I doubt this wee one was even 3 inches
One evening was spent fishing my Isome into the clear waters of the harbour front itself. Actually being able to see the fish reacting to your offerings is extremely informative. Whilst hoping for a flattie of some sort, instead I was again amongst small coalies and Pollock. Or so I thought. One evening whilst out with Hutch at Cove harbour, he brought ashore a bay cod no more than six inches, making me realise that one of the comedically small Pollock I thought I'd caught at Portree harbour, was actually my first ever cod!!!!

Echoing the sentiments of the great species hunter himself, the sheer frequency of small Coalfiish and Pollock that seem to be almost everywhere you try in the sea around the coast can only be a good sign for the future.

Gully to the right
Back round between the Black Rock and Scorrybreac I variously observed the clarity of the sea under normal conditions right through to the dark colouration after heavy rain when the peat stained spate rivers that are abundant on Skye empty into the sea. On the much more frequent clear water days, the sea bed can be seen to alternate between weed covered rocks and sandy bottoms. Some tantalising gullies dissect the three or four outcrops where fishing is most possible. Pollock and Coalfish up to 8 or 9 inches have been the staple round here.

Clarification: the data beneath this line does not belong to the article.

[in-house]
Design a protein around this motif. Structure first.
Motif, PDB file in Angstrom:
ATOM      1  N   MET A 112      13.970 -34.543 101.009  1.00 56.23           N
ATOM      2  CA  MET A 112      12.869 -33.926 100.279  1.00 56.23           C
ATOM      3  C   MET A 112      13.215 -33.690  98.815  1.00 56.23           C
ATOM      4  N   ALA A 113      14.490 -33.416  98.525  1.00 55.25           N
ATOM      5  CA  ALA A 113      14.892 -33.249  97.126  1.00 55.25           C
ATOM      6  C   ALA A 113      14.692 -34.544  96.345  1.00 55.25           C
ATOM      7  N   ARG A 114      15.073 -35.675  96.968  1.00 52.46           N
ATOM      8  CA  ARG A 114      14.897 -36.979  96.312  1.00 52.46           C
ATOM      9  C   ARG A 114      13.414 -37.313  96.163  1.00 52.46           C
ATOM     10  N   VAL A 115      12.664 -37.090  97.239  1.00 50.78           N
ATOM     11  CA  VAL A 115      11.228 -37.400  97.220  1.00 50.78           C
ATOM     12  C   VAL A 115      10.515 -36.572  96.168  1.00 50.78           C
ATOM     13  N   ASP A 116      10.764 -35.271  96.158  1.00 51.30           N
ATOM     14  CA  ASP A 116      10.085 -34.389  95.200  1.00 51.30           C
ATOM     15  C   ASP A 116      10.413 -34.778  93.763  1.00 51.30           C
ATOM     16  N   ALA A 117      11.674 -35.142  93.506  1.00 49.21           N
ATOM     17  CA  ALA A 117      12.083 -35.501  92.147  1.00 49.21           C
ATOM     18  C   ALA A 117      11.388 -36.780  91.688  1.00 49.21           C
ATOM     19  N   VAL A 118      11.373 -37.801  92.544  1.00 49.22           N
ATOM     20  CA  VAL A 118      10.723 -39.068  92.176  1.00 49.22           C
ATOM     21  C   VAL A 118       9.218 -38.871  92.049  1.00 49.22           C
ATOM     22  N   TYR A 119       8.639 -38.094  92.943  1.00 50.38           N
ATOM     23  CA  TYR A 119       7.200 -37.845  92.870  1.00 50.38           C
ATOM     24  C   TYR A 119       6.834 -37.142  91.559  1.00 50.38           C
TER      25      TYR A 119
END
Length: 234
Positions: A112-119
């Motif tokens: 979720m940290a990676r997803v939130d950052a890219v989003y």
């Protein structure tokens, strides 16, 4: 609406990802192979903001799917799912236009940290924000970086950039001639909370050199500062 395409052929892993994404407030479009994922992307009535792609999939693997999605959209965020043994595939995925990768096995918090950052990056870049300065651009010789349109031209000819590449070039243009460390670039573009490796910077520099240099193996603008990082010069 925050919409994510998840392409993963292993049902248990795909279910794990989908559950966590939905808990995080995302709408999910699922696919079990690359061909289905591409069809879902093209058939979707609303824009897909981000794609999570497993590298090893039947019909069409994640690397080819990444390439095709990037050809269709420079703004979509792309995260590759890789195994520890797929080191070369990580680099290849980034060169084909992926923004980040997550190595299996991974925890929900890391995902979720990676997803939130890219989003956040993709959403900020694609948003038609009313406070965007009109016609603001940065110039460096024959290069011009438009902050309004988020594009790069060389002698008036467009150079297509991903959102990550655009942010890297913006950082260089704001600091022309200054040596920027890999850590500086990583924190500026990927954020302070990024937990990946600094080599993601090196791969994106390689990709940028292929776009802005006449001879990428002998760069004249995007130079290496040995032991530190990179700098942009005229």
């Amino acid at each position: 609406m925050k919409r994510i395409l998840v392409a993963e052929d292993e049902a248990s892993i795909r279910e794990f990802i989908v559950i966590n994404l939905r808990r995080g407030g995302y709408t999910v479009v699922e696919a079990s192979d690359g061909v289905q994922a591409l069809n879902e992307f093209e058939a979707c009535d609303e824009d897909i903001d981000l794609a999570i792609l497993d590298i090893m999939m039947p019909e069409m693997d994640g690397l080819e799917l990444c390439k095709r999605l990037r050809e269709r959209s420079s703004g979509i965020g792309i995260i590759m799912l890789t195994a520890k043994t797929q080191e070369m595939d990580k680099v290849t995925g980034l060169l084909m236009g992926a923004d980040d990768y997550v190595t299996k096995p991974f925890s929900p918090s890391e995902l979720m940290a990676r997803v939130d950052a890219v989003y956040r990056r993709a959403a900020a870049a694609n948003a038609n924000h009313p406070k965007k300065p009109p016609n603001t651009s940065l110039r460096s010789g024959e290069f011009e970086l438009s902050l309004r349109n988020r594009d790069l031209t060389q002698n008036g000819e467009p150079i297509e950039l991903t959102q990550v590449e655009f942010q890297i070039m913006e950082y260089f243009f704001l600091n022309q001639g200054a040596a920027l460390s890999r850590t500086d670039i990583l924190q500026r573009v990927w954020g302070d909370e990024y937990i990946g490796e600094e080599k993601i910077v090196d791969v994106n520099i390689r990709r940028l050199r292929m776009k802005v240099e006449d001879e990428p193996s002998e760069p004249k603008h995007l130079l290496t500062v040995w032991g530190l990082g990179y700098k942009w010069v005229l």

Gully to the left
Grey Gurnard
However, on my second last visit, finally the tide was low in the evening and I was able to scurry over the sea weed covered rocks and onto the Black Rock itself. I quickly discovered that the optimum place for bites was on the sand just outside the fringe of weed that skirts the rocks. Here I hooked my second baby cod, then a wee coalie, before something altogether different chomped my Isome and was brought to the surface. Confused I took a quick pic in the fading light and fired it off to Hutch asking "Whats this?". "A Grey Gurnard" came the reply from the walking fish encyclopedia, "they're usually red" he followed up. I was stoked, a brand new species. Grey, red or fluorescent purple, didn't matter to me.